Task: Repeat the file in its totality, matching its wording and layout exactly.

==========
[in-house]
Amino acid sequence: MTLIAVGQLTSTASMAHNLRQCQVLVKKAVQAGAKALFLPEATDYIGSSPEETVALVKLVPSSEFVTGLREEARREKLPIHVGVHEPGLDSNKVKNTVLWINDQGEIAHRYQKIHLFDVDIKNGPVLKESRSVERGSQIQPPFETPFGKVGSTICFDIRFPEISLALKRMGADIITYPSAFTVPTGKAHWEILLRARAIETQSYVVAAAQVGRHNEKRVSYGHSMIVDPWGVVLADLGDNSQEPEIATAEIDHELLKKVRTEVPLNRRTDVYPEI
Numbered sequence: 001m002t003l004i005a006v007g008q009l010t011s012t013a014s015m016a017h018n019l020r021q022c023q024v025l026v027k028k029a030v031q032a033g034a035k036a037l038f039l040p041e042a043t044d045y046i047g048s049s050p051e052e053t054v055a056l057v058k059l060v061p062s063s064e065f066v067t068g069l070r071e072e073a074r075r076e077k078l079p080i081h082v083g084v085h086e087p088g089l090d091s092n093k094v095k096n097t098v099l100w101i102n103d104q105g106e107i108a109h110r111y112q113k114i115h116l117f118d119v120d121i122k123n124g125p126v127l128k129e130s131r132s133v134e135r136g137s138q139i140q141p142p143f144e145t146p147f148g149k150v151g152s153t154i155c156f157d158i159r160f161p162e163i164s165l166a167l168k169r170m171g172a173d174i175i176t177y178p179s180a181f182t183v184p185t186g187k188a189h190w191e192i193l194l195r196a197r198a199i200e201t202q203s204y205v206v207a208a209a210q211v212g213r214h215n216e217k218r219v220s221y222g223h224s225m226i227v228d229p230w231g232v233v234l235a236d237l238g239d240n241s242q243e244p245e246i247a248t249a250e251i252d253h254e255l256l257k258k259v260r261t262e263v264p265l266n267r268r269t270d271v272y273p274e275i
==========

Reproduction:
[in-house]
Amino acid sequence: MTLIAVGQLTSTASMAHNLRQCQVLVKKAVQAGAKALFLPEATDYIGSSPEETVALVKLVPSSEFVTGLREEARREKLPIHVGVHEPGLDSNKVKNTVLWINDQGEIAHRYQKIHLFDVDIKNGPVLKESRSVERGSQIQPPFETPFGKVGSTICFDIRFPEISLALKRMGADIITYPSAFTVPTGKAHWEILLRARAIETQSYVVAAAQVGRHNEKRVSYGHSMIVDPWGVVLADLGDNSQEPEIATAEIDHELLKKVRTEVPLNRRTDVYPEI
Numbered sequence: 001m002t003l004i005a006v007g008q009l010t011s012t013a014s015m016a017h018n019l020r021q022c023q024v025l026v027k028k029a030v031q032a033g034a035k036a037l038f039l040p041e042a043t044d045y046i047g048s049s050p051e052e053t054v055a056l057v058k059l060v061p062s063s064e065f066v067t068g069l070r071e072e073a074r075r076e077k078l079p080i081h082v083g084v085h086e087p088g089l090d091s092n093k094v095k096n097t098v099l100w101i102n103d104q105g106e107i108a109h110r111y112q113k114i115h116l117f118d119v120d121i122k123n124g125p126v127l128k129e130s131r132s133v134e135r136g137s138q139i140q141p142p143f144e145t146p147f148g149k150v151g152s153t154i155c156f157d158i159r160f161p162e163i164s165l166a167l168k169r170m171g172a173d174i175i176t177y178p179s180a181f182t183v184p185t186g187k188a189h190w191e192i193l194l195r196a197r198a199i200e201t202q203s204y205v206v207a208a209a210q211v212g213r214h215n216e217k218r219v220s221y222g223h224s225m226i227v228d229p230w231g232v233v234l235a236d237l238g239d240n241s242q243e244p245e246i247a248t249a250e251i252d253h254e255l256l257k258k259v260r261t262e263v264p265l266n267r268r269t270d271v272y273p274e275i